This show attempts to demonstrate tech savvy and business success for Apple’s App Store with Apple’s clean aesthetic but makes everyone involved look as greedy and disgusting as they truly are. For example, when monetizing safety is revealed to be rooted in creating fear of your neighbors and community. What kind of ghoulish asshole wants to be involved in that?
Reality shows are almost universally shallow and disgusting, I can’t make it through most of them, but they should at least be entertaining. Planet of the Apps isn’t entertaining beyond the curiosity of watching Apple struggle and fail at something so spectacularly.
This show succeeds in one thing: proving that success in any creative endeavor is difficult, especially when you’re attempting to make money at the same time. I still don’t know how this is supposed to fit into Apple Music, besides adding a perceived value to the subscription, and I have no hope that Apple will ever produce an entertaining television show. For a company that is so proud of all the times they say ‘no,’ they’ve created something that is remarkable for existing at all. It’s a car crash I am happy to look away from.
Apple’s streaming music subscription service, Apple Music, was released last week in addition to the new streaming radio station Beats: 1 and other features in the new versions of Music on iOS and iTunes on Windows and Mac OS X.
I’ll admit that although I had tried Pandora and Spotify they’d never really stuck. Why not own my music and listen to the full albums I love instead of playlists? Why listen to ads alongside my favorite music?
The three month trial of Apple Music has made me a quick convert for now, at least. As well as the low price, $15 for six of my family members isn’t that much more than what I was paying for one Spotify subscription. The killer feature is that the music matching (previously available in iTunes Match) will let you bring in any music that isn’t available for streaming. No Beatles to stream? If it was in your iTunes music library before, it’s available through Apple Music. iTunes Match was the thing that finally let me stop syncing my iPhone to my laptop.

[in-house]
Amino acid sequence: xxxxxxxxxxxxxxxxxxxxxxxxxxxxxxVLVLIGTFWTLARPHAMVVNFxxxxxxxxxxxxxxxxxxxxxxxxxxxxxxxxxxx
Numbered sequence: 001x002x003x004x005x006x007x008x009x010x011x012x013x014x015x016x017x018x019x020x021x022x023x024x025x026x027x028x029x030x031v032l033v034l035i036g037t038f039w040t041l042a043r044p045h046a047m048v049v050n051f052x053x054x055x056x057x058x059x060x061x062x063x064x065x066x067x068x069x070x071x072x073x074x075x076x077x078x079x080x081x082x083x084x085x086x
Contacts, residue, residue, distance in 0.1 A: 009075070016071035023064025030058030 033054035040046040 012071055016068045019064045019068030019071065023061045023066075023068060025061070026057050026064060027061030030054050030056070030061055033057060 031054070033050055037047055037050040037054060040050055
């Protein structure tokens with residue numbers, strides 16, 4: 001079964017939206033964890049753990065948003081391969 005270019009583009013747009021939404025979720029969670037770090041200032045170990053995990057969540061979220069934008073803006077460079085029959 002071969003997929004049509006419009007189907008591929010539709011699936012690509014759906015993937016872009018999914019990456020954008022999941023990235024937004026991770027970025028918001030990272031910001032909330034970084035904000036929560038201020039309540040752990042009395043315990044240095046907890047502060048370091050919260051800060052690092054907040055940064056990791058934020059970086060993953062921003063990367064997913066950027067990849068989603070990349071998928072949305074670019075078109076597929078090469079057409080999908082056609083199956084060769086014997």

There’s something really strange about the new streaming Beats: 1 radio station that launched alongside Apple Music. It’s good.
Unlike most other internet radio stations, there are hosts. A revolutionary concept, I know, but it’s how they host that is so different. They don’t sound like pre-programmed chatter bots with dumbass names like Free Beer and Hotwings from radio planet twelve in the marketing galaxy.
The only part of Beats-1 that sounds pre-programmed are the rare advertising reads that are given by what sounds like a BBC presenter who usually says about five words before a track starts. Not between every track, so far it sounds like it’s once or twice an hour you might hear a few words. Way better than any of the terrestrial radio stations you might hear.
One particular program I heard on the launch night was enough to make Beats: 1 post-worthy. St. Vincent had put together a mixtape for an 11-year old named Piper (who won a contest) and what do you know, this is really good. Even St. Vincent’s banter with Piper is good.
Earlier in the day there was still plenty of fine music to listen to. Some of which was new to me. The day-time (Pacific time) DJ’s has a more traditional radio jockey style, but almost no ads and it didn’t sound like it was ruined by the influence of the record industry. Awesome.
The ads that were there were voiced by a tonally inappropriate genericly British accented person which was a bit hilarious to hear him talking about some hotel chain for a half second with rap going on underneath.
The only downside to Beats: 1 is that the music was edited for radio with no explicit option when the old iTunes radio stations had an explicit language option. Beats: 1 is available to everyone who has iTunes on a Mac, on Windows, or on the iOS Music app, there’s no fee to listen to it.